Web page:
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Book Reviews by Title - Q (4)

  • Subtitle An American Pharma Memoir
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  • Book Type Nonfiction
  • by Sarah Fawn Montgomery
  • Date Published September 2018
  • ISBN-13 978-0-8142-5486-8
  • Format Paperback
  • Pages 320pp
  • Price $23.95
  • Review by Vivian Wagner

Sarah Fawn Montgomery’s new book, Quite Mad: An American Pharma Memoir, is an in-depth exploration of the ways mental illness is defined and treated, both historically and in the contemporary world. She looks at how our culture simultaneously creates and condemns its maladies, and she offers a glimpse of how the conundrums and contradictions surrounding mental illness can be deconstructed and unraveled.

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  • Book Type Fiction
  • by Michelle Hoover
  • Date Published June 2010
  • ISBN-13 978-1-59051-346-0
  • Format Paperback
  • Pages 216pp
  • Price $14.95
  • Review by Skip Renker
In a brief, illuminating YouTube interview on the publisher’s website, Michelle Hoover discusses the genesis of The Quickening. She discovered a typewritten memoir, composed in 1950, by her great grandmother about her experiences as a farmer and farm wife. The memoir of twenty or more pages covers much of this strong woman’s life in the first half of the Twentieth Century. Hoover used this story and further research on family history and U.S. farm life as a springboard to create the imaginative world of this novel.
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  • Book Type Essays
  • by Patrick Madden
  • Date Published March 2010
  • ISBN-13 978-0-8032-2296-0
  • Format Hardcover
  • Pages 204pp
  • Price $23.95
  • Review by Jennifer Sinor
The gift that Patrick Madden gives us in Quotidiana is the gift great essayists have given us for centuries and that is the elegance of a mind at work. The essays Madden offers in this new collection are essays in the most traditional, classical sense. They do not traffic in the far-fetched or the bizarre, competing with reality television to hold our attention with a cacophony of sound, nor do they rely on the story to bear the weight of their subject, rather they investigate the way ordinary experience confounds and delights us, once we stop and pay attention.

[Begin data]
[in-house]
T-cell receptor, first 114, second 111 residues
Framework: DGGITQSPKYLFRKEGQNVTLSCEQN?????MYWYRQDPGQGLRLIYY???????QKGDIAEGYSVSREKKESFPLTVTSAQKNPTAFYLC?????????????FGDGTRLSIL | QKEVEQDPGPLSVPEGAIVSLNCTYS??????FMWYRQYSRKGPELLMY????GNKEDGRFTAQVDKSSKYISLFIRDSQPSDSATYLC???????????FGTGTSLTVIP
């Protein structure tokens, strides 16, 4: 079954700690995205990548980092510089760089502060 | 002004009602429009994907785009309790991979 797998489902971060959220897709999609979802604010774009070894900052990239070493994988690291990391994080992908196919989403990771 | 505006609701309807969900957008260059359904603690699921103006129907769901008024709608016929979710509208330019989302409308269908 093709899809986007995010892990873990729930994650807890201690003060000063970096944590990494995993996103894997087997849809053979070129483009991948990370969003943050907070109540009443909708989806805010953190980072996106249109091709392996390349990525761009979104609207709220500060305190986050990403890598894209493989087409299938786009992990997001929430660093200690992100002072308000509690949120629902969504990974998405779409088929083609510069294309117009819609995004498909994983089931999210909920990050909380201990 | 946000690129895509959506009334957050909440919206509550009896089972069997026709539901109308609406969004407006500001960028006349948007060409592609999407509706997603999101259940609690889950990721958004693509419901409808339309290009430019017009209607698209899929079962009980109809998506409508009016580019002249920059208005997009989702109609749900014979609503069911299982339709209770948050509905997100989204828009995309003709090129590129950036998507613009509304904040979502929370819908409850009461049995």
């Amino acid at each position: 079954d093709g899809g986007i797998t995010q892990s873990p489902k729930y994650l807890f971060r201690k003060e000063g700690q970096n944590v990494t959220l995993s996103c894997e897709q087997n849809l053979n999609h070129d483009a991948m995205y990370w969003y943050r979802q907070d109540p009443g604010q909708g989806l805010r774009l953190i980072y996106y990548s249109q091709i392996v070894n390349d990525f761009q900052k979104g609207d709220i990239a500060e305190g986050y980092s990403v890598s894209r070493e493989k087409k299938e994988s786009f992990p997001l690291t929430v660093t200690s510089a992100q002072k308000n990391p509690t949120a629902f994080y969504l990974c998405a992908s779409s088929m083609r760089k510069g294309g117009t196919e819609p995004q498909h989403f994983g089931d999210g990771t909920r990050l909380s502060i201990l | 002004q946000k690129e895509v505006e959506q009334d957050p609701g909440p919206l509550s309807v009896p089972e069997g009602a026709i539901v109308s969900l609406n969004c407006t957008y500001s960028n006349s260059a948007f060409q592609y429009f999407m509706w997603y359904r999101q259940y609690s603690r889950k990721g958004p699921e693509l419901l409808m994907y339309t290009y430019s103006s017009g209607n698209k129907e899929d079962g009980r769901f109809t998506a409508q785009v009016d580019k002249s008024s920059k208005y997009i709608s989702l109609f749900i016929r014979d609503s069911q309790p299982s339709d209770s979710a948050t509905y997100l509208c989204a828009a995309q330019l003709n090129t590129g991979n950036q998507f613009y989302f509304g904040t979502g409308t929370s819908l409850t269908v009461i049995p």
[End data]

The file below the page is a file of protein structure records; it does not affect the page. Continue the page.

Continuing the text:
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  • Book Type Fiction
  • by Bennett Sims
  • Date Published May 2013
  • ISBN-13 978-1-937512-09-5
  • Format Paperback
  • Pages 242pp
  • Price $16.50
  • Review by David Breithaupt
At last, someone has written a thinking man’s and woman’s book of zombies. Let’s stop here though; you just read the word “zombies,” which, consciously or not, paraded a reflex action of several split-second images across your mind from our collective Jungian zombie attic. Here’s what you probably saw: black-and-white film stills from campy 1960s B-movies, dozens of acting roles for those who can’t act, close-ups of blank-eyed crazies and legions walking as if they’d just overdosed on bath salts. After that trailer you concluded, not interested.
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